|Detail from the Bayeux Tapestry|
William the Bastard was a Norman duke. That is to say, he was from Normandy region of France, a product of the mix of Viking conquerers and the French natives whom they conquered. He was an ambitious man who had his eyes on the English throne, and was hoping to be named successor to Edward the Confessor. However, when Edward died and Harold II was crowned king in his stead, he decided he must invade.
William waited for months for the right moment, and in October he knew he had it. The Saxon army had been called to Northumbria to settle some unfinished military business there, and would have to rush back to the shore to defend their country when William invaded. That is exactly what happened. The Norman army defeated the weary Saxons, Harold II was killed (according to the legend, he was struck through the eye with an arrow), and William marched to London victorious. On Christmas Day of that year, he was crowned king of England at Westminster Abbey.
Under William’s rule, England changed in many fundamental ways. He killed off many of the English nobility and installed French Normans in their place. Thus, the French gained control of the English court and the aristocracy, and French became the language of the nobles.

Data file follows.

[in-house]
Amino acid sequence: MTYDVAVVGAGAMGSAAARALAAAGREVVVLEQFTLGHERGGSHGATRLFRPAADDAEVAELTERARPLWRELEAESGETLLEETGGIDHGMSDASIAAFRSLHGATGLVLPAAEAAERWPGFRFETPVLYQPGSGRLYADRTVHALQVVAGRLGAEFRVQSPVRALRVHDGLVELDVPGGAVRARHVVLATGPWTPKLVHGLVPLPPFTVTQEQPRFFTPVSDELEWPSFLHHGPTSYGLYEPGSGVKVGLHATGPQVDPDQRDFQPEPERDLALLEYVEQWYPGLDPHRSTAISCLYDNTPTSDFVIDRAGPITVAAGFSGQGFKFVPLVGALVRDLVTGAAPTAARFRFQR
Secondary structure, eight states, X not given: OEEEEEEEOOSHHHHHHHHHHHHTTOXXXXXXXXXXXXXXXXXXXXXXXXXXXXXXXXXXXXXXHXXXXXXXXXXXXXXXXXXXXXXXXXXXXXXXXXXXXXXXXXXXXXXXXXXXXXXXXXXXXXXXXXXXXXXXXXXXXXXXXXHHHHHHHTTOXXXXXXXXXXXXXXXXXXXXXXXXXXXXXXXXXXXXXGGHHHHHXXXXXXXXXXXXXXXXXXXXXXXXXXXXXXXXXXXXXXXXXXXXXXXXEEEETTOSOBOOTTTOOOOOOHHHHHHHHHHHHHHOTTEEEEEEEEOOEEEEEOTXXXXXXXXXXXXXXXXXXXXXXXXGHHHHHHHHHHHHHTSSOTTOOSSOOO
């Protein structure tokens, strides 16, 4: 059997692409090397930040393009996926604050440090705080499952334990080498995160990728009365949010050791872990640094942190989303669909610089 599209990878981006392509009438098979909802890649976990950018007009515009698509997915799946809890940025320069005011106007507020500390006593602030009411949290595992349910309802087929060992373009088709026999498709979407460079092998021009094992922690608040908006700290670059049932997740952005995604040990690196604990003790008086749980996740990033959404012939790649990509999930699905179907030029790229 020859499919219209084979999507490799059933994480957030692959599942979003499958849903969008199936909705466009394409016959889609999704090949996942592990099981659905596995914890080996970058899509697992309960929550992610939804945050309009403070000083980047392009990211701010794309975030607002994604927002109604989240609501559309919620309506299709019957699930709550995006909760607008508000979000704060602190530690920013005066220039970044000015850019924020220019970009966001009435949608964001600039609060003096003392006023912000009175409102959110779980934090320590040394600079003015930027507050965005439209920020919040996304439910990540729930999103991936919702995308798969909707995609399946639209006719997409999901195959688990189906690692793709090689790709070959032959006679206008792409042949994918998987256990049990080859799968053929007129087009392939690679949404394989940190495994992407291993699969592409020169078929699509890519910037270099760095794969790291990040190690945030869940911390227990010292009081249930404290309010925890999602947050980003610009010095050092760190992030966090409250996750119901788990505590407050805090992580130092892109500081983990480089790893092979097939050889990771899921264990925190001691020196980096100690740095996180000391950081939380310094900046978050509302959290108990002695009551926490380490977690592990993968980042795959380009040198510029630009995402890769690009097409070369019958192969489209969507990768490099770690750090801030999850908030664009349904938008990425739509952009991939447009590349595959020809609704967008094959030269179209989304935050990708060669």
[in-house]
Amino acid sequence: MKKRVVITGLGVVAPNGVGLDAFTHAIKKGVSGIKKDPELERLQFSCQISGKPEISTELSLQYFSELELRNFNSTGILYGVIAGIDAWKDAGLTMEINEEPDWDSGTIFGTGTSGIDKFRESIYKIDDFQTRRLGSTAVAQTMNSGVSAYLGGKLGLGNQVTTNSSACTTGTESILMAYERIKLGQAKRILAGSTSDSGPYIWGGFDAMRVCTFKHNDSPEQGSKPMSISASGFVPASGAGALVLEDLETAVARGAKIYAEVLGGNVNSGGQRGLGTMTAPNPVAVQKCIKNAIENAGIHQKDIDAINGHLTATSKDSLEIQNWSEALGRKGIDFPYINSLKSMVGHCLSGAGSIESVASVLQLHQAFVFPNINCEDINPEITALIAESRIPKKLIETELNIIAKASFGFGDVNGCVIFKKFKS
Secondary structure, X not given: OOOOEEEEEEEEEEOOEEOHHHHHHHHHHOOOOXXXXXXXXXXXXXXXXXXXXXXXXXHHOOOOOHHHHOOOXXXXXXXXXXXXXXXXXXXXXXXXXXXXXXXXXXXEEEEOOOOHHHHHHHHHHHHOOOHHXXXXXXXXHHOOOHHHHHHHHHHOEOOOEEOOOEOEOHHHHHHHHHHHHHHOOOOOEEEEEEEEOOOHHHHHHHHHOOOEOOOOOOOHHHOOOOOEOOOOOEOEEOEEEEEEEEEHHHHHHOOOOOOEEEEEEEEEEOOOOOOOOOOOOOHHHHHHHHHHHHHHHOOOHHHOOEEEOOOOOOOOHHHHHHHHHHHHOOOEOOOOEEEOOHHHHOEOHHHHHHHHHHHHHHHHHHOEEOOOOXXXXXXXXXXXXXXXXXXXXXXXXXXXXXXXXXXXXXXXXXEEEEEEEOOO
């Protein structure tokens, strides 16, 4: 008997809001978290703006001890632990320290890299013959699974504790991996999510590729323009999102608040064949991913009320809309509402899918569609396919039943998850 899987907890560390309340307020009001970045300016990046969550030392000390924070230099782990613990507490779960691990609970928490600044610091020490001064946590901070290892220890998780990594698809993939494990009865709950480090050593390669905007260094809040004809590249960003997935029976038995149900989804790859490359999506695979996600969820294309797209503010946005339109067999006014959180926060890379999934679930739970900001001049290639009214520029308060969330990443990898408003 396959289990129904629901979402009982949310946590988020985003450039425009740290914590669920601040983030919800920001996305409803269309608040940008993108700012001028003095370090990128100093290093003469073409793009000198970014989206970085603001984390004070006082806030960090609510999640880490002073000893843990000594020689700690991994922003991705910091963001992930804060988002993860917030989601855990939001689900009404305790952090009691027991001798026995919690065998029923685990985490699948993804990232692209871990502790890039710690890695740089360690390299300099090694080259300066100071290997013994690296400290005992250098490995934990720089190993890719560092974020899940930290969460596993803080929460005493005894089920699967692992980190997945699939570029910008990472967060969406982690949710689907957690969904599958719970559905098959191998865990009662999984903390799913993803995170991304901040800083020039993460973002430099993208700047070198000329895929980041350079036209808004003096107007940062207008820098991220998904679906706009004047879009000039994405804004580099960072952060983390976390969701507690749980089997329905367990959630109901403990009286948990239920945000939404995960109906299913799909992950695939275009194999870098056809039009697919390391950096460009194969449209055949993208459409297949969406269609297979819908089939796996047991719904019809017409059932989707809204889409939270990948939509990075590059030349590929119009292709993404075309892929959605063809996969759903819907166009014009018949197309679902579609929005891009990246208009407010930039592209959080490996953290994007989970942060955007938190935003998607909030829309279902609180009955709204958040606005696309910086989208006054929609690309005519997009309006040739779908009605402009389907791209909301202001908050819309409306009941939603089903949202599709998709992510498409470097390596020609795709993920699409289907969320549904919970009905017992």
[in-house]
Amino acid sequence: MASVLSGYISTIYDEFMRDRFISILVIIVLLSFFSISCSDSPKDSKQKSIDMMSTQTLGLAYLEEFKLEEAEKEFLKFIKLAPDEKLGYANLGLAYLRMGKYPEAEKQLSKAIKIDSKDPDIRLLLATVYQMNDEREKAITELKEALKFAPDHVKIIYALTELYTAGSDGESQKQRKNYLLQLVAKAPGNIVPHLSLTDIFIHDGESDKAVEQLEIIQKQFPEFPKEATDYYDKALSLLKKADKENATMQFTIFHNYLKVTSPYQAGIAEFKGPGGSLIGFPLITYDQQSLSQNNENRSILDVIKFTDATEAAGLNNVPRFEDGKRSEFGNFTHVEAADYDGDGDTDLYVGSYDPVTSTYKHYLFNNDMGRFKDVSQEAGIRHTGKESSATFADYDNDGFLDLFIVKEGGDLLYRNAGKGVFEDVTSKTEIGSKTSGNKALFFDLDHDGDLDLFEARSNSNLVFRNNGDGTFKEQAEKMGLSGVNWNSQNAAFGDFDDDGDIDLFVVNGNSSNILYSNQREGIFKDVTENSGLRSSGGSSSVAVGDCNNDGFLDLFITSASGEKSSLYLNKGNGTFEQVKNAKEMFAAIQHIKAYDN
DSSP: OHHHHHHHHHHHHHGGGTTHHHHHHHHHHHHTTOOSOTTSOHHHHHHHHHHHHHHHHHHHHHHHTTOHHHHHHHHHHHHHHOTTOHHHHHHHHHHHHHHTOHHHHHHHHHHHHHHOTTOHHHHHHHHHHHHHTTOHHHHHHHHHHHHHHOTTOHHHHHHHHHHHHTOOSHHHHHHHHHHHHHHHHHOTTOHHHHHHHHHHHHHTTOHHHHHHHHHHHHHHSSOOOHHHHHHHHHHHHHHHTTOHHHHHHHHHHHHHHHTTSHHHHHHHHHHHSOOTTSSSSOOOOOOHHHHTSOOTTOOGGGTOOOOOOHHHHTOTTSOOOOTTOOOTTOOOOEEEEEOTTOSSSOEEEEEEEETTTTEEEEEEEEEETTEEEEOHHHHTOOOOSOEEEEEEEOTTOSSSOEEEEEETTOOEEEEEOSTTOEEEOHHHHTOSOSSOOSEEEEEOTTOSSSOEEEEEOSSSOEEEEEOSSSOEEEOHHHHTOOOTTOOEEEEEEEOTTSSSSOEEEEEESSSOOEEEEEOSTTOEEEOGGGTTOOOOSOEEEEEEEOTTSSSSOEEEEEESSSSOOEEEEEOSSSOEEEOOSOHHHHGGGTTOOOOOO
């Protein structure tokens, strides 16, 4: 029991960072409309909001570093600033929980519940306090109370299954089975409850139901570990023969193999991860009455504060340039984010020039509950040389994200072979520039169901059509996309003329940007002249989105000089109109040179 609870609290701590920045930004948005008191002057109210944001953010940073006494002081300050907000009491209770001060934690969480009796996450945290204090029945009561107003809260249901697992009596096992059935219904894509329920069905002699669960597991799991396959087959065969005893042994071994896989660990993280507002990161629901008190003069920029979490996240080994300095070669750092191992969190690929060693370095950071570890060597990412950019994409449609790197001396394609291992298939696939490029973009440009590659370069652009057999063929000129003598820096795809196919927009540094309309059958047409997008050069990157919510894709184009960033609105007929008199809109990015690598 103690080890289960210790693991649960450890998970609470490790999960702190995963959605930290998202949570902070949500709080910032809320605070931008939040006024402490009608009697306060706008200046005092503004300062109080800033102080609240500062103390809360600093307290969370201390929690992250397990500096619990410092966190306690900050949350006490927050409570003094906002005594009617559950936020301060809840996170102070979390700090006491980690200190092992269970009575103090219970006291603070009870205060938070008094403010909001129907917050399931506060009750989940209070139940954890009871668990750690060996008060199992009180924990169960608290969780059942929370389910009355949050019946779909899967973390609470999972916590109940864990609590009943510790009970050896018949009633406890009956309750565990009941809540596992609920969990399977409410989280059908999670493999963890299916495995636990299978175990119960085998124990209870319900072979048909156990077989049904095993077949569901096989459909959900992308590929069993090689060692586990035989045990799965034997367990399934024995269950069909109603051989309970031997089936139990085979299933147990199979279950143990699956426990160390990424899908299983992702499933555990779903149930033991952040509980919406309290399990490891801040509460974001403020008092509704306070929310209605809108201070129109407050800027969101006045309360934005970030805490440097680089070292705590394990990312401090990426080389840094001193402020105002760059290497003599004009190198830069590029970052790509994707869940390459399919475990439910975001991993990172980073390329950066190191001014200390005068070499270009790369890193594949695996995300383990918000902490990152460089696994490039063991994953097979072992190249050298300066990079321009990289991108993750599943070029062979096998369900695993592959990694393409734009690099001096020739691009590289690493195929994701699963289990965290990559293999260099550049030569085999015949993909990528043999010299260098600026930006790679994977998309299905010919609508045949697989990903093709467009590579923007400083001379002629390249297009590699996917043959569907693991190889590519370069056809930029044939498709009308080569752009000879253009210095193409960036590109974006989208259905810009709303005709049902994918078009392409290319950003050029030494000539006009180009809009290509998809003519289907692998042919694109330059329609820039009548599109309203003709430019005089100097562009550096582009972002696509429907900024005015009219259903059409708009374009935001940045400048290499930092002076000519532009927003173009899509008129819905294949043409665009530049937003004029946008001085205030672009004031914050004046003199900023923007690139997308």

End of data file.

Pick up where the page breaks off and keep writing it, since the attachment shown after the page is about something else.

Soon after William’s invasion, the language began to change. English was still the tongue of the people, but now the people were under the rule of French speakers. The peasantry and landowners were divided by language. The lower class began to borrow words, syntax, and grammar from the French, forever changing the English that you and I speak.
Take, for instance, the peculiar way English treats what we call the meat that ends up on our dinner table. The word swine comes from old English, which makes sense as the people who took care of pigs were English peasants. However, when this swine was cooked and served to the Normans, it became pork, a word from French. What the English called a cow, the French called beef; the English calf was French veal.
The vocabulary of the court–judge, jury, bailiff–similarly came from the French-speaking aristocracy, as did other words such as date, escape, and money.
This blend of Norman French and Anglo Saxon eventually became Middle English, which was crystalized in the works of Geoffrey Chaucer. And Chaucer’s English is the English that catches on, which leads to the English of that other great poet, Shakespeare, which leads on to the English I am writing on this blog.
“Battle of Hastings (historical account),
October 14, 1066.” DISCovering
World History. Detroit: Gale, 2003. Student Resources in Context. Web. 12 Oct. 2011
The Merriam-Webster New Book of Word Histories. Springfield, Massachusetts, 1991.
the Conqueror.” U*X*L
Biographies. Detroit: U*X*L, 2003. Student
Resources in Context. Web. 12 Oct. 2011.